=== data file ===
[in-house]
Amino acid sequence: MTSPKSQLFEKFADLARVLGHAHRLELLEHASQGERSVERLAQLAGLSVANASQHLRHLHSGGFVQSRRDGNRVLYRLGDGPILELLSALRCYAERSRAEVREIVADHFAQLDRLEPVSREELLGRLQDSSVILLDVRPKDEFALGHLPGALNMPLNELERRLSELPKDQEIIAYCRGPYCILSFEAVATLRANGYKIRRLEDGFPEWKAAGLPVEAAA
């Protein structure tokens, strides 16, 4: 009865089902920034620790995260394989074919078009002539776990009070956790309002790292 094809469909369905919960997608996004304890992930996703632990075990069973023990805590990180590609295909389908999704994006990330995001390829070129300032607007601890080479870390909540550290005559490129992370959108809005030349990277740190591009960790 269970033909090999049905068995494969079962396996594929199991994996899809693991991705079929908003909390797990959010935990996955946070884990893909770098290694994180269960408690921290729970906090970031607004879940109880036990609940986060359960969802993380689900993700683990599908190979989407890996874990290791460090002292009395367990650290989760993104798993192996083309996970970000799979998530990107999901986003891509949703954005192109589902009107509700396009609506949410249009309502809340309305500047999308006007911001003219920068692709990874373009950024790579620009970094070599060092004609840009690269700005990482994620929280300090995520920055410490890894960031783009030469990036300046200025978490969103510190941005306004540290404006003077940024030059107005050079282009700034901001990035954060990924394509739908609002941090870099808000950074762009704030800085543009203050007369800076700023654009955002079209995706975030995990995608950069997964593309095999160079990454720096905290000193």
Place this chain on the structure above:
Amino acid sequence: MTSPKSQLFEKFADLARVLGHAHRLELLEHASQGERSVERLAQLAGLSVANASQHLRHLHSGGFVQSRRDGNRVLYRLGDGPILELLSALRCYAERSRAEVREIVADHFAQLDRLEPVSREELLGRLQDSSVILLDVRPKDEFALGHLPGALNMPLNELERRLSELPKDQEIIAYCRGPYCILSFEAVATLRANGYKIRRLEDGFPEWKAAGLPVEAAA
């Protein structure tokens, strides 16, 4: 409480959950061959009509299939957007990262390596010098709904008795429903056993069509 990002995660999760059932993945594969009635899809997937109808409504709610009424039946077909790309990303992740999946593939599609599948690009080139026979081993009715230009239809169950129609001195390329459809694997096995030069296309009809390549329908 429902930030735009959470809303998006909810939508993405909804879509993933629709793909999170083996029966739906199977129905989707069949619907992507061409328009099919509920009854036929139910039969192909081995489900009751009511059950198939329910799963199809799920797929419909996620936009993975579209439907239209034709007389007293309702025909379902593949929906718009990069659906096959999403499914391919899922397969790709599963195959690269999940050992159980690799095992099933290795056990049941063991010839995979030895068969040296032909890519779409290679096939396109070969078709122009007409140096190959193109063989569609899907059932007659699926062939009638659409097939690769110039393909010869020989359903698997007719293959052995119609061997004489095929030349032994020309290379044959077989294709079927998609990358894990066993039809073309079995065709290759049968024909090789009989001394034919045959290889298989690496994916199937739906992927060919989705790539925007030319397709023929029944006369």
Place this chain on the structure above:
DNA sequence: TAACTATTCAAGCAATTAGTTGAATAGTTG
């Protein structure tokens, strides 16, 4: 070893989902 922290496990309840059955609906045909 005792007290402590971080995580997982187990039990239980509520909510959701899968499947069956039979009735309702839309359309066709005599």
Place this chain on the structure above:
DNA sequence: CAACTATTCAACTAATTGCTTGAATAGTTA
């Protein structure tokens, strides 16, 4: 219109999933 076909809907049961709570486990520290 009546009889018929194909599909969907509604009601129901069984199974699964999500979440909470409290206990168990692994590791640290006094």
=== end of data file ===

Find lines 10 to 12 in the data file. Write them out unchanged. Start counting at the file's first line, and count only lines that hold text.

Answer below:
Place this chain on the structure above:
DNA sequence: CAACTATTCAACTAATTGCTTGAATAGTTA
């Protein structure tokens, strides 16, 4: 219109999933 076909809907049961709570486990520290 009546009889018929194909599909969907509604009601129901069984199974699964999500979440909470409290206990168990692994590791640290006094």